article courtasy of the Journal and Courier

For the past 10 years, Robert Wright has had a yearly screening for prostate cancer, "just to be sure everything is a-ok."


"If you catch it early, it's easier to correct than if you wait until it's a stage 3 or 4 status," said the 68-year-old West Lafayette man. "Plus, it's what the doctor tells me to do."

To screen for prostate cancer, physicians typically perform a digital rectal examination and a prostate-specific antigen test or PSA. But the PSA test can often yield false positives or negatives, making it an unreliable test on its own.

"Doing a blood test alone is not adequate screening for the disease because you are going to miss about 25 percent of the cancers," said Dr. Richard Selo, a urologist with Lafayette Clinic of Urology. "PSA is not a tumor marker, it's a screening tool, and you can have prostate cancer with a normal blood test."

Researchers at Purdue University are working on another test to add to the arsenal of prostate cancer screening tools. The test could be a potential marker for the cancer.

"The problem with prostate cancer is diagnostics at the moment are poor," said Graham Cooks, Purdue's Henry Bohn Hass Distinguished Professor of Chemistry. "PSA is quite well-known. That's a biomarker and is widely criticized because it often fails. What it doesn't really do is give an indication of the speed at which the disease will develop. So any alternative indicator would be very valuable."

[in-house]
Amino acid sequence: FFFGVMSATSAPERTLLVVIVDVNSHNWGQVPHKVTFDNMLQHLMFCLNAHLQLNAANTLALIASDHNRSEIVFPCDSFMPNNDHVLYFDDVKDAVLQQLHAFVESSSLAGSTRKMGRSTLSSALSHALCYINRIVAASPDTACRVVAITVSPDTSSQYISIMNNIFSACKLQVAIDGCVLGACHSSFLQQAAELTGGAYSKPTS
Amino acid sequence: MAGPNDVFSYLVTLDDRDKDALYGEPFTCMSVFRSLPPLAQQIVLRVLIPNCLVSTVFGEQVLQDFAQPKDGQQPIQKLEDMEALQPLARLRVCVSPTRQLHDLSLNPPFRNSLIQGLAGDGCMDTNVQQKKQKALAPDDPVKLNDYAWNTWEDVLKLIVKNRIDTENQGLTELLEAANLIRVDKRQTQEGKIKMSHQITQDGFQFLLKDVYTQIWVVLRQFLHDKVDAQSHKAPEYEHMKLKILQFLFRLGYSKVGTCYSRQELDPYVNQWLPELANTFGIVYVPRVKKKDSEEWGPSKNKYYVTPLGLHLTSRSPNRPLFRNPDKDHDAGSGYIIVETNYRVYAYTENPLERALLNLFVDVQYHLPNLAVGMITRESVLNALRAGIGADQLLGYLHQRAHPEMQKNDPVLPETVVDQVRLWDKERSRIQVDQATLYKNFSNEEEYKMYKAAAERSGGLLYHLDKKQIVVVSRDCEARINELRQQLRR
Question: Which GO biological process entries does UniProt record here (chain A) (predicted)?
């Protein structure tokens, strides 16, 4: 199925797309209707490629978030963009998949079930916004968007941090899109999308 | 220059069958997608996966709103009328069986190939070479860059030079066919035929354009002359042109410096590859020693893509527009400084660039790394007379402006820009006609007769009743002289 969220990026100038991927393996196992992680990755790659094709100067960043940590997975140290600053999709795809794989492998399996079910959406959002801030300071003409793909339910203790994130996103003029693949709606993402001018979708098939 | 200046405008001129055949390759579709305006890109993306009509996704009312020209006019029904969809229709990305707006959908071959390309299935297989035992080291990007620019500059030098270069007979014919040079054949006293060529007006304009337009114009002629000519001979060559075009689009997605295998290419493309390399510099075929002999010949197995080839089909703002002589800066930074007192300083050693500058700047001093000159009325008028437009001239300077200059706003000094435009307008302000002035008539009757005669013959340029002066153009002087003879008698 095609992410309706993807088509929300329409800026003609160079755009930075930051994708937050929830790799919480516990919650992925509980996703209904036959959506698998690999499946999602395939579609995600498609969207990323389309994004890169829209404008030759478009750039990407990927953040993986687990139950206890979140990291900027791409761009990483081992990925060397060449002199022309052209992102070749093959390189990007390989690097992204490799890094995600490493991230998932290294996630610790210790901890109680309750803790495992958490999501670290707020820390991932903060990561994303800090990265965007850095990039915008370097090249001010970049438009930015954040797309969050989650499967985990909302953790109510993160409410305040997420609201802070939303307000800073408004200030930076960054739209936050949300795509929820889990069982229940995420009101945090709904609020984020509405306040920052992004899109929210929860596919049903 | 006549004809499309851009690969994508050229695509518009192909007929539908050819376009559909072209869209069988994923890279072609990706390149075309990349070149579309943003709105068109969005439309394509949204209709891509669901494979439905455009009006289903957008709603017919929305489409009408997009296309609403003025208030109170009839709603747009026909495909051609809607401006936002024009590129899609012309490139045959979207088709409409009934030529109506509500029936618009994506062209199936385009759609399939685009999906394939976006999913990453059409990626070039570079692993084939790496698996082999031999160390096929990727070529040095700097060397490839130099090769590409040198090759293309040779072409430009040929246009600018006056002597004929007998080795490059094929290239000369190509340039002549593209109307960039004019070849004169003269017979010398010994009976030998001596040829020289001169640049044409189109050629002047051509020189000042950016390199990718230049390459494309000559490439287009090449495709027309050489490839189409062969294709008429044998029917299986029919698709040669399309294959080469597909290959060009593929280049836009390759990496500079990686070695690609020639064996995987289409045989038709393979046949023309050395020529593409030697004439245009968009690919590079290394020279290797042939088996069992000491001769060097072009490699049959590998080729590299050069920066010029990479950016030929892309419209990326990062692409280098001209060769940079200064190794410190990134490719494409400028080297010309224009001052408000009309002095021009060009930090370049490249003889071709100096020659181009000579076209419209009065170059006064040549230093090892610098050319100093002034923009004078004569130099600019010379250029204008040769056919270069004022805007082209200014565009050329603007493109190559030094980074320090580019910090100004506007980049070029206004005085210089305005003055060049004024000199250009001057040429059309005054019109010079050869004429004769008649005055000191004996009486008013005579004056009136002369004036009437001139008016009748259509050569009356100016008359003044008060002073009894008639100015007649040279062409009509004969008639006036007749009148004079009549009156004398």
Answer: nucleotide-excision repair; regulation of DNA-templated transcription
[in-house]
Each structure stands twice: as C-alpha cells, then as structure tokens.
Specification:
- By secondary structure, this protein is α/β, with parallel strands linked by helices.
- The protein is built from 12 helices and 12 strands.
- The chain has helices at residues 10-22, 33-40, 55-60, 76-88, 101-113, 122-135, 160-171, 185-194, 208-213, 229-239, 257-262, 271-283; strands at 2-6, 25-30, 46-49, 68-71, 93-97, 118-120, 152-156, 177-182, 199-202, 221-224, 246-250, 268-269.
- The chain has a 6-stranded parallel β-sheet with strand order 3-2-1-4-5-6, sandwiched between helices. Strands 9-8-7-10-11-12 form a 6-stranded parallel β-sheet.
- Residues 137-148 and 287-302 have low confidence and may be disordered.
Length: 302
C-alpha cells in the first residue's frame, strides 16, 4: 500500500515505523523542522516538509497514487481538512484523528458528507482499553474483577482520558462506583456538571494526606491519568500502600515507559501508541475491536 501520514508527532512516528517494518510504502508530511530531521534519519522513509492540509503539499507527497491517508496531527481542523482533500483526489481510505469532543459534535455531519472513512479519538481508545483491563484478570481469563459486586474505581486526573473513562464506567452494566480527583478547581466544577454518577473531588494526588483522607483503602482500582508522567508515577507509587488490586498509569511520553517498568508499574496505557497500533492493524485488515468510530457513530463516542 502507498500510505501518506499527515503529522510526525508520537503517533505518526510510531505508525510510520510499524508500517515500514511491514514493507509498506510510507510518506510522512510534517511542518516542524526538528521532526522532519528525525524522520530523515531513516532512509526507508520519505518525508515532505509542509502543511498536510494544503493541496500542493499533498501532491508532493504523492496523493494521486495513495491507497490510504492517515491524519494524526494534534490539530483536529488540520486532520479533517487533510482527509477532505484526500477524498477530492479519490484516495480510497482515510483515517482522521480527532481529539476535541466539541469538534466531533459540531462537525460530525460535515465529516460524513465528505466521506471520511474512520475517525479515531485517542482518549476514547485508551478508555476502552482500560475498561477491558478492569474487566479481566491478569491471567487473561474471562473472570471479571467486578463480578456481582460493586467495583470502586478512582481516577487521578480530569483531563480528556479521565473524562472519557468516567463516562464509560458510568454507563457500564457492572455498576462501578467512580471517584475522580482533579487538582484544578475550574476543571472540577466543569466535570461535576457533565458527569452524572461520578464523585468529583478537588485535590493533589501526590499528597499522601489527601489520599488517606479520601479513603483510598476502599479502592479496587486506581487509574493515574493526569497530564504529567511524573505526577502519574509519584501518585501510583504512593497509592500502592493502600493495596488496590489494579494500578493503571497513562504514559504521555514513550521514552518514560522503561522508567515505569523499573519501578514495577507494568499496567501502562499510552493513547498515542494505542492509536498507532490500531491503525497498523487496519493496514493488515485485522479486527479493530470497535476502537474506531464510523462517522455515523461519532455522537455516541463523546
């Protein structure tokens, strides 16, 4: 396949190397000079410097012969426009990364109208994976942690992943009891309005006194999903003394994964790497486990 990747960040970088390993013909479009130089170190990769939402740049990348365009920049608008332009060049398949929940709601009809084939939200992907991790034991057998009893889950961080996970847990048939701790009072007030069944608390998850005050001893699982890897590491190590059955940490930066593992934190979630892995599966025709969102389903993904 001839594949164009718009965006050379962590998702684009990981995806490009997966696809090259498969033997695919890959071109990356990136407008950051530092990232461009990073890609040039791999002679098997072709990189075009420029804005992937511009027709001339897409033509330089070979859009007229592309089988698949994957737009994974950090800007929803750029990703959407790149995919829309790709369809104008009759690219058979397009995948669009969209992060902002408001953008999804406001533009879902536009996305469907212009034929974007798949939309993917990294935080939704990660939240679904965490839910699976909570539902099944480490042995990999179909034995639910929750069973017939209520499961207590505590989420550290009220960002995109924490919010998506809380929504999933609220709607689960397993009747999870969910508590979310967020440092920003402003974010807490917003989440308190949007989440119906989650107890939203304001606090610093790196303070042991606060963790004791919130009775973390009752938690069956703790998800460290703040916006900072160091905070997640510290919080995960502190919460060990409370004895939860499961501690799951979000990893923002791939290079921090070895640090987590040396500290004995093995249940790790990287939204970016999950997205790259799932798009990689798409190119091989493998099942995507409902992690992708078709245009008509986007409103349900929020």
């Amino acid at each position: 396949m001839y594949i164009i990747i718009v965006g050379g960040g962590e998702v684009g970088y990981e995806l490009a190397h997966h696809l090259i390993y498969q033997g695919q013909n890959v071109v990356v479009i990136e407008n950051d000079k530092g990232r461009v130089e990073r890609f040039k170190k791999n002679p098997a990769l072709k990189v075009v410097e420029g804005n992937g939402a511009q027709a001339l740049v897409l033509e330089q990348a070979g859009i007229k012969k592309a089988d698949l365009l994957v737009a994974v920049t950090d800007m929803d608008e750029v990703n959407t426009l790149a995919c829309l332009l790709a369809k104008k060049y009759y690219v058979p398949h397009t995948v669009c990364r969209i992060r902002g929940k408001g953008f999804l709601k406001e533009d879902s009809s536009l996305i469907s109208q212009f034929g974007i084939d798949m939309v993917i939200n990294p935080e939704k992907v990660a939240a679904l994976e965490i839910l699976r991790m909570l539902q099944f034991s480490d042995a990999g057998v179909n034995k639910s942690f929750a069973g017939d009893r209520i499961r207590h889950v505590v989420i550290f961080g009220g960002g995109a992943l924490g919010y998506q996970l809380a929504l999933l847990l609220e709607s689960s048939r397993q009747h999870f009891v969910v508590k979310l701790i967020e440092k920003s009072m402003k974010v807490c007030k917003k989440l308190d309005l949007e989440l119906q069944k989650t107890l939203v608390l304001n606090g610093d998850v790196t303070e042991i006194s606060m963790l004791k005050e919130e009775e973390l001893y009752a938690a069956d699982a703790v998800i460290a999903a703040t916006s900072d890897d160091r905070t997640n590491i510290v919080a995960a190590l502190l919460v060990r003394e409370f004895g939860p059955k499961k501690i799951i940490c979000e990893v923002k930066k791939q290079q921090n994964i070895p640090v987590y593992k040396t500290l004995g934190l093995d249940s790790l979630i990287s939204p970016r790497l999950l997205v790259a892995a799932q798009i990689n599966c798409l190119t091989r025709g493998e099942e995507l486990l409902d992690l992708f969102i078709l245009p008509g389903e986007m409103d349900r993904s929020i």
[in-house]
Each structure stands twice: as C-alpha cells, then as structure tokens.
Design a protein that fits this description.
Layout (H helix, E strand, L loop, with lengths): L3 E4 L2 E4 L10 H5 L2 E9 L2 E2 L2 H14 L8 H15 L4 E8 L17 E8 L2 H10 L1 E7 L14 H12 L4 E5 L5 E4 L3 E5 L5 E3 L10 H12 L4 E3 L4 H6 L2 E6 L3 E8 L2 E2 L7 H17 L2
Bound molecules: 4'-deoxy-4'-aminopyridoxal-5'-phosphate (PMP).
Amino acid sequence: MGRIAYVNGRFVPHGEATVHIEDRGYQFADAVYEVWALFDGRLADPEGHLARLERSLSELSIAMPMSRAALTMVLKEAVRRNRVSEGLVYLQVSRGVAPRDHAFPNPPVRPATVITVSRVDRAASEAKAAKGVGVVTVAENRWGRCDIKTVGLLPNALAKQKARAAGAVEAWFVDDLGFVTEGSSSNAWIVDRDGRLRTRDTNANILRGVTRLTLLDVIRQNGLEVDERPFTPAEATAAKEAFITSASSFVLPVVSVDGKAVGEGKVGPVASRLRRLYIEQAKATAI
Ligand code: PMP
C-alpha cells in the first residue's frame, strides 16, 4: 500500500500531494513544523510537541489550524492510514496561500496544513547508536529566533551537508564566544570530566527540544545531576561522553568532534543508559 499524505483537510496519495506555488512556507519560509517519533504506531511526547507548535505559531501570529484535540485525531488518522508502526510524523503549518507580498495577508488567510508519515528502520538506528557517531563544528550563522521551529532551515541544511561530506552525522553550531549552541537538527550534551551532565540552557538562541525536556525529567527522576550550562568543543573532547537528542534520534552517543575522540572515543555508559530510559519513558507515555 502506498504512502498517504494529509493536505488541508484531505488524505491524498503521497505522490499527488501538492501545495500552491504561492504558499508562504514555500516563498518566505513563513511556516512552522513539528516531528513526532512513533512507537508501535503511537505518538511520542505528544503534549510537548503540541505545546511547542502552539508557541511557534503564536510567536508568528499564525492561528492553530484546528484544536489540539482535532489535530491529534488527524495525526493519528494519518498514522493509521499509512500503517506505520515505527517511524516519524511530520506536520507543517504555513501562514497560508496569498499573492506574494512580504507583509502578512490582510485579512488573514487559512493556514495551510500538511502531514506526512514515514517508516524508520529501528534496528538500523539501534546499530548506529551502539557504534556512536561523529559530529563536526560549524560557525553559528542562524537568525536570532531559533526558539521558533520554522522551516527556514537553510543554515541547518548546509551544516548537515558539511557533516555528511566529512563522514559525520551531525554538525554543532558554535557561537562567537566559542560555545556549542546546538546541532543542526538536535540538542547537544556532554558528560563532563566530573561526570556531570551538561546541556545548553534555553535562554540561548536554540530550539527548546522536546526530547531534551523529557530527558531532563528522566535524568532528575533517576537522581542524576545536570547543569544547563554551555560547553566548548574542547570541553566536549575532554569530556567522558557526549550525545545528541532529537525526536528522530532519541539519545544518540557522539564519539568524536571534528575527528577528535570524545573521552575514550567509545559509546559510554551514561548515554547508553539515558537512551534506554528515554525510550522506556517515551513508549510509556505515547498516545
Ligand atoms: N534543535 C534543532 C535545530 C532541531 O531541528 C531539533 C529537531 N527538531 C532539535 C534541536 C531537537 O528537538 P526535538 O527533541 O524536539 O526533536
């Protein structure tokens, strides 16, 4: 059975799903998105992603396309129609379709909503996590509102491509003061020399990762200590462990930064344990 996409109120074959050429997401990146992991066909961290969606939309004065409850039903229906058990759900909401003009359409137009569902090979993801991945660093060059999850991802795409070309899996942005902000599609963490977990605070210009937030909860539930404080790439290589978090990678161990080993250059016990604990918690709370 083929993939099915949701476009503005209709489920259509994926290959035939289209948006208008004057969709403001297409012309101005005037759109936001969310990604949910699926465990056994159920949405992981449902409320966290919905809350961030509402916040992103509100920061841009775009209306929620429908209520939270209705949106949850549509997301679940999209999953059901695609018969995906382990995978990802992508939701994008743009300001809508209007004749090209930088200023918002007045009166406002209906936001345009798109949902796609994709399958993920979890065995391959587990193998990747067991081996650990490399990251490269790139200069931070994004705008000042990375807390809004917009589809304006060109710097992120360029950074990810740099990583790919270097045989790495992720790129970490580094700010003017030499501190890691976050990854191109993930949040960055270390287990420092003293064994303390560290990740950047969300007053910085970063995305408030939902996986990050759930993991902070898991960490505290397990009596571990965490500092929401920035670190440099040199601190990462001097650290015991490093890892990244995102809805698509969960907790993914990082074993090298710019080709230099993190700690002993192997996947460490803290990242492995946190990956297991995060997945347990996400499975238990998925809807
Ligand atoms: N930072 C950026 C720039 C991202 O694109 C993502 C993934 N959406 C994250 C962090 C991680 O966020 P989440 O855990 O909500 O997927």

The research team, led by Cooks and Timothy Ratliff, the Robert Wallace Miller Director of the Purdue Center for Cancer Research, found a molecular compound called cholesterol sulfate that appears to be useful in identifying cancerous and pre-cancerous tissue.

The researchers found that cholesterol sulfate is a compound found in prostate cancer tumors, but is absent in healthy prostate tissue.

However, more testing is needed to know if the presence of cholesterol sulfate in prostate tissues can serve as diagnostic tool.

"There is a long journey from discovering a molecule that might be a marker for a disease to having that molecule be looked for in a clinic on a routine basis..." Cooks said. " We've only taken the first steps in that journey."

However, he said the molecule they are looking at is easy to find and easy to analyze in blood and tissue and has the potential to be a useful marker for prostate cancer.

He said if it does become a marker for the cancer, it would look at a different aspect of the biochemistry and would add information to the PSA test.

Allison Dill, a Purdue doctoral student and part of the research team, said many men show some evidence of prostate cancer by the time they are deceased, but it might not be lethal or lessen their quality of life.

So while it's important to find out if men have prostate cancer early and treat it, it's also important to have more information about the disease such as if it's dangerous, progressing rapidly or what the best treatment options might be, she said.

"If we have the potential to provide different information in correlation with the PSA then it can help guide treatment options," Dill said.

article courtasy of the Journal and Courier -